The United States Census Bureau reported consumer spending in the U.S. economy—adjusted for price fluctuation—increased by 0.2% in February from the previous month. In January, consumer spending increased by 0.1% after seeing a decline in December. (Source: “Personal Income and Outlays, February 2014,” United States Census Bureau web site, March 28, 2014.)
This sent a wave of optimism through the markets. We heard consumer spending is going higher; therefore, the U.S. economy will improve. Buy and buy some more, or you will miss out on future gains was what we were told.
However, I don’t think much thought was given to the increase in consumer spending compared to the previous years. Please look at the chart below. It shows the percentage change in the personal consumption expenditure each February over the last four years.
Change from Previous Month
Data source: Federal Reserve Bank of St. Louis web site,
last accessed March 28, 2014.
There’s a clear trend. The percentage change in consumer spending this past February is the lowest since 2011. But if we were to extend this chart to include the change in consumer spending from December to February, this February saw the lowest percentage change since the same period in 2009 and 2010. This shouldn’t go unnoticed.
Going forward, it looks like consumer spending might even decline further. You have to understand that consumers have to be willing to spend; they have to be optimistic to buy. I look at consumer sentiment as one indicator of consumer spending, and it’s not looking very promising at … Read More
With the markets selling off, many may not think now is the best time to consider discretionary stocks. But it’s because the markets are selling off that beaten-down stocks selling non-essential products and services (what people want, not need) might be worth a second look—not just because many discretionary stocks are beaten down, but rather because consumer spending fuels the majority of economic growth in this country.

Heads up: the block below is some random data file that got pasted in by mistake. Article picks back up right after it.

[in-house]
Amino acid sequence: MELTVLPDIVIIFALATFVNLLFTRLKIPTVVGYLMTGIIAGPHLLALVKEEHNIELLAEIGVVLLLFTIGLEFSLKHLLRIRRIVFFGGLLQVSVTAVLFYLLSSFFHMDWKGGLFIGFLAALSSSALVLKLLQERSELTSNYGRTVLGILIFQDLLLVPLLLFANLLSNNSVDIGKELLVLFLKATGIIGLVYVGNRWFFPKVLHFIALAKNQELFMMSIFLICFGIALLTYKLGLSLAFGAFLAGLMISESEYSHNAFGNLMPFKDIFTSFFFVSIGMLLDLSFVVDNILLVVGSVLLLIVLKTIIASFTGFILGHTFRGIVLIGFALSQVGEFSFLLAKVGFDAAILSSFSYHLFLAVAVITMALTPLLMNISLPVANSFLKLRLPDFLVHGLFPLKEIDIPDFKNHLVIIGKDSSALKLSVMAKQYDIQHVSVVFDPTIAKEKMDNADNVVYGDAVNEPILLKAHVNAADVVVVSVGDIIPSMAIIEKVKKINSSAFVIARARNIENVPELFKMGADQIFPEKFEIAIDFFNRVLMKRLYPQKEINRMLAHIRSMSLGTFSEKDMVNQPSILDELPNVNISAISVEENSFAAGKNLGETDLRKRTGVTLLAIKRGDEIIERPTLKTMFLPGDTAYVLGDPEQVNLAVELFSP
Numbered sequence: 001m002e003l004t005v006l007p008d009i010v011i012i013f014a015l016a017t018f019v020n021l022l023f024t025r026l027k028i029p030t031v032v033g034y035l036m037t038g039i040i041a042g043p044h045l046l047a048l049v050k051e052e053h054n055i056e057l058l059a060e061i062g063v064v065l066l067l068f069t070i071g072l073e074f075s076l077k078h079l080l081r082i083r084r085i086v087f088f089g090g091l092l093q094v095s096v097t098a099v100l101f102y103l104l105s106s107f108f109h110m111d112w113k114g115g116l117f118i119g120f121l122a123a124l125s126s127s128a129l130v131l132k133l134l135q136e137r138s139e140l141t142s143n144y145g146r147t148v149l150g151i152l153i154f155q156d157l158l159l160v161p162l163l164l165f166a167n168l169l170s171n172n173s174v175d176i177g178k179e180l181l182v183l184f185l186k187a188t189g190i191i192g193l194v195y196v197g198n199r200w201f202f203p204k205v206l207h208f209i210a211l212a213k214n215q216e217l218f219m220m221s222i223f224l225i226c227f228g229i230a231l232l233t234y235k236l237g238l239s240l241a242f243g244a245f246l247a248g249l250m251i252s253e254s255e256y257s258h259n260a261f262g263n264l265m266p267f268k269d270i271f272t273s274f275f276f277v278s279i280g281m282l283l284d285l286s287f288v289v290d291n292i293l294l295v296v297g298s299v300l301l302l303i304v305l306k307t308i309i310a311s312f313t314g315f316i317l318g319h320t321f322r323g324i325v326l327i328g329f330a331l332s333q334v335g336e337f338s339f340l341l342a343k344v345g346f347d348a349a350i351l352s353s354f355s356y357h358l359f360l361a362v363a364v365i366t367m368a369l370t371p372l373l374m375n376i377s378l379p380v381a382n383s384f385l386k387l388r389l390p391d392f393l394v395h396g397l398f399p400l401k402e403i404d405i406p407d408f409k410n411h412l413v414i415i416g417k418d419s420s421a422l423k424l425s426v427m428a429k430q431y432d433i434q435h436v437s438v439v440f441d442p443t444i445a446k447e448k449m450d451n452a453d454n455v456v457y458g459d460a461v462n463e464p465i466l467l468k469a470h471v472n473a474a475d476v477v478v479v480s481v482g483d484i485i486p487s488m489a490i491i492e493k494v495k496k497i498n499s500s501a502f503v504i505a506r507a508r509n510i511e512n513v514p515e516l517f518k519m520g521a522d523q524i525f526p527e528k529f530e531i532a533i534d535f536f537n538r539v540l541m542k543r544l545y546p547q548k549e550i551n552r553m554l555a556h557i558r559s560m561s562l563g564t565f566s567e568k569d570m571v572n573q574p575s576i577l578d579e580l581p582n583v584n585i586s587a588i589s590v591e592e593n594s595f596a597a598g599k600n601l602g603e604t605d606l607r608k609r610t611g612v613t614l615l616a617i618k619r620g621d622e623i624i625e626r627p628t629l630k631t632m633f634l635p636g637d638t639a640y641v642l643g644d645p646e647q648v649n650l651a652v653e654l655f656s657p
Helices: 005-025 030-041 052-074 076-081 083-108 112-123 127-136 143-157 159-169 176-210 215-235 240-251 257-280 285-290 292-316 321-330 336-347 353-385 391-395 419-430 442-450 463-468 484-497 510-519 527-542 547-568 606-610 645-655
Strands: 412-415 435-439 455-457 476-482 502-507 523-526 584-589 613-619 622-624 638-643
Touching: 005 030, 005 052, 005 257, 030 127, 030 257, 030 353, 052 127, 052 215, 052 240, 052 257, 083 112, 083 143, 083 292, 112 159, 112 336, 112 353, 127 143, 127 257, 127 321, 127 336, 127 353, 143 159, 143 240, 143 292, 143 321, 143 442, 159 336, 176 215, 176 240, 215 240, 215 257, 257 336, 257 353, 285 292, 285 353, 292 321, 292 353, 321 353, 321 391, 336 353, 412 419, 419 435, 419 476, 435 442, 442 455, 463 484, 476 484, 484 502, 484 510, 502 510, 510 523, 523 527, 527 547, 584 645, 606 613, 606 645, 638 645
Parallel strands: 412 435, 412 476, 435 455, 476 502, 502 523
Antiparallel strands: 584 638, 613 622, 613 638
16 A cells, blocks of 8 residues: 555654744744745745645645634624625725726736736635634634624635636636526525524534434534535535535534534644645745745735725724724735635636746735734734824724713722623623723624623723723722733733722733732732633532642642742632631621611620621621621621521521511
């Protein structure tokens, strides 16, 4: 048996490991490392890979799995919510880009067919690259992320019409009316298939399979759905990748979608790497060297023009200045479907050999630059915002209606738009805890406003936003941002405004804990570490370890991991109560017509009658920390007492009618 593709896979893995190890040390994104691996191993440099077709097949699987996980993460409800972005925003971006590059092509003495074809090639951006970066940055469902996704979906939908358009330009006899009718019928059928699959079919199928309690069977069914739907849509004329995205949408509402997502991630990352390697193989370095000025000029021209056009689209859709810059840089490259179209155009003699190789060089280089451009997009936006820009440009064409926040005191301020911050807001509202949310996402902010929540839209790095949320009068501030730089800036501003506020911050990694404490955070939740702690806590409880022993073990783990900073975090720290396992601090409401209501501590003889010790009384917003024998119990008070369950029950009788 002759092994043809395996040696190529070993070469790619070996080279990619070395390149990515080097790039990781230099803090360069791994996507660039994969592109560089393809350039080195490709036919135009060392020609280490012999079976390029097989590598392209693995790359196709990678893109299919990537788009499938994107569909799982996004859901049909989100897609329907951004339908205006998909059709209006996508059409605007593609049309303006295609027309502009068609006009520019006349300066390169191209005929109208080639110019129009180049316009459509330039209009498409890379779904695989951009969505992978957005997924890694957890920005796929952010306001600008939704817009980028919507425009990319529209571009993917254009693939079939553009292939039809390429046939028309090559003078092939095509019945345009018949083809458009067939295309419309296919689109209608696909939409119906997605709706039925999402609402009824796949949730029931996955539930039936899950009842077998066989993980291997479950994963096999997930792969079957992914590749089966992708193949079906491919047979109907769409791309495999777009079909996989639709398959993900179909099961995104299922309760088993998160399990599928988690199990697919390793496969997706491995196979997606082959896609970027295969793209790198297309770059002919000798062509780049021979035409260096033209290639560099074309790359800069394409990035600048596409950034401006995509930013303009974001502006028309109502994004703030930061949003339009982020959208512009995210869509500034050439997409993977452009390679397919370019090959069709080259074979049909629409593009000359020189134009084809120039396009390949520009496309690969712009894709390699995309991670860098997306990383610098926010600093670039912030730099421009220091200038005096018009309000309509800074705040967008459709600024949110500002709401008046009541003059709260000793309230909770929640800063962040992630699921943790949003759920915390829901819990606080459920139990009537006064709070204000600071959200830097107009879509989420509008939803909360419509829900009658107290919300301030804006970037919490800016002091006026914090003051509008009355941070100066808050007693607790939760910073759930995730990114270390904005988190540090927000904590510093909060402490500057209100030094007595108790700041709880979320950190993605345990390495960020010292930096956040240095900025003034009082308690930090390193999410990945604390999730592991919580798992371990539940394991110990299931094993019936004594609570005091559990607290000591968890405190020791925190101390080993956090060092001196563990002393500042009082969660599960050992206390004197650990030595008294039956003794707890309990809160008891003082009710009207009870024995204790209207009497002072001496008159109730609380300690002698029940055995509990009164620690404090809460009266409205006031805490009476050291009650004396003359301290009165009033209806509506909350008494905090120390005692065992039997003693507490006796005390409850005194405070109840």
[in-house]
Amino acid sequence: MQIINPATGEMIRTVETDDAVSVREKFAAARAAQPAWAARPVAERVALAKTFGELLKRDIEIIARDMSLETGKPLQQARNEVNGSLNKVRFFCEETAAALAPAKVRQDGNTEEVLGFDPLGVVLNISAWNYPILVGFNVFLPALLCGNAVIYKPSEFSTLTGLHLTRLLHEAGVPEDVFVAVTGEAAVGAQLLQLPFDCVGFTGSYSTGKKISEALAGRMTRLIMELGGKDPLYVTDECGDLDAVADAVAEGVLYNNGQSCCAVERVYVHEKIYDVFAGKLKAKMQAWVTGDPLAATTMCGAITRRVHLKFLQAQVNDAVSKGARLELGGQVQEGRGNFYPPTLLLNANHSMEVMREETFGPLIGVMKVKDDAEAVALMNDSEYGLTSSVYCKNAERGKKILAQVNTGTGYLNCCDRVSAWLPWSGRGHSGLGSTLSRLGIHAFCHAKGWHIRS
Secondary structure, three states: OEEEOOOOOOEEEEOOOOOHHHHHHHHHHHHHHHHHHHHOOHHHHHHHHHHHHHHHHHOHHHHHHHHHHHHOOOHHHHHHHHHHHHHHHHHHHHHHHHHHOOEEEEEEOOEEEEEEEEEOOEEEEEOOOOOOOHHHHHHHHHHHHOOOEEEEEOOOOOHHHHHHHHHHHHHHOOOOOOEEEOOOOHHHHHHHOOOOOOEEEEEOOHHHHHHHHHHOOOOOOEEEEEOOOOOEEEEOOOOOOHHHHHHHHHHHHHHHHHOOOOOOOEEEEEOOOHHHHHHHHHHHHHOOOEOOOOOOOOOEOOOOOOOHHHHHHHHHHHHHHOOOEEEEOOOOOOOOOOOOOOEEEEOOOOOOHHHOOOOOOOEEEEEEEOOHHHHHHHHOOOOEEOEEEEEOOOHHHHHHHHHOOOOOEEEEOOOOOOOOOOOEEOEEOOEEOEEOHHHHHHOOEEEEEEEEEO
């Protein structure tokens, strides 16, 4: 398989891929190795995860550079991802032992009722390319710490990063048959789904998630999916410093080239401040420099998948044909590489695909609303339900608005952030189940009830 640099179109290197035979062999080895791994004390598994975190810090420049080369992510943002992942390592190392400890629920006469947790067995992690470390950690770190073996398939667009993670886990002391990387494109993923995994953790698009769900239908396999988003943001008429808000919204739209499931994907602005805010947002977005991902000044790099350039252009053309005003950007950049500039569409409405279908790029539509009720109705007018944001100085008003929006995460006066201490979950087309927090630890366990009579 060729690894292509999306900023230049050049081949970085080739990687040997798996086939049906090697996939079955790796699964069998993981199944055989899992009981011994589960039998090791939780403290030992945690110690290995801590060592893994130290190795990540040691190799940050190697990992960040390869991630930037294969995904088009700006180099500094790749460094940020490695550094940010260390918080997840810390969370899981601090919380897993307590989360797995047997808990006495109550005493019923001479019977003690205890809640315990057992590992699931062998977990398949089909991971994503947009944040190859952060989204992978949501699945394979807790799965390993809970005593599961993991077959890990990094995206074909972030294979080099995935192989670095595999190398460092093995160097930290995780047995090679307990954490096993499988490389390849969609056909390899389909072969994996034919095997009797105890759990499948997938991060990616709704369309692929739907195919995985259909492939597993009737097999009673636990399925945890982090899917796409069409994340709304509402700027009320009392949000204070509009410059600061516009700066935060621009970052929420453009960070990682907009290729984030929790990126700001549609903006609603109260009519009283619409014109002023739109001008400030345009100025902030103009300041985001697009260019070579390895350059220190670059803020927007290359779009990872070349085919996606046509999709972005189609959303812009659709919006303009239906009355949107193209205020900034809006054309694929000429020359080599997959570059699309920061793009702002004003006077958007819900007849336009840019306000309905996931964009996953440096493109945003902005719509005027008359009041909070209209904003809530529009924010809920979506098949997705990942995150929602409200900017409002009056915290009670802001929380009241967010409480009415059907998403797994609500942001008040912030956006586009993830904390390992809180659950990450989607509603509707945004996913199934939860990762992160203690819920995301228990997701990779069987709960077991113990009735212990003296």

Normally, when consumers have the money to spend, they do so on discretionary items like travel, electronics, cars, and luxury brands. But, as virtually all of us can contest, this isn’t always the case. Credit card purchases may not be the same as having discretionary income, but they accomplish the same short-term goals.
Granted, there is a mountain of evidence to suggest investors should shun discretionary stocks. Unemployment is high, wages are stagnant, and, for the first time ever, working-age Americans are the primary recipients of food stamps. On top of that, median household income (adjusted for inflation) has declined for five straight years. (Source: DeNavas-Walt, C., et al., “Income, Poverty, and Health Insurance Coverage in the United States: 2012,” United States Census Bureau web site, September 2013.)
That hasn’t stopped us from spending. At $3.04 trillion, consumer credit is up 22% over the last three years. Total household debt is more than $13.0 trillion, close to its 2007 pre-recession level and just below the $17.0-trillion government debt load. (Source: Cox, J., “It’s back with a vengeance: Private debt,” CNBC, October 12, 2013.)
During the last quarter of 2013, the U.S. economy expanded at an annual rate of 3.2%. During the third quarter, … Read More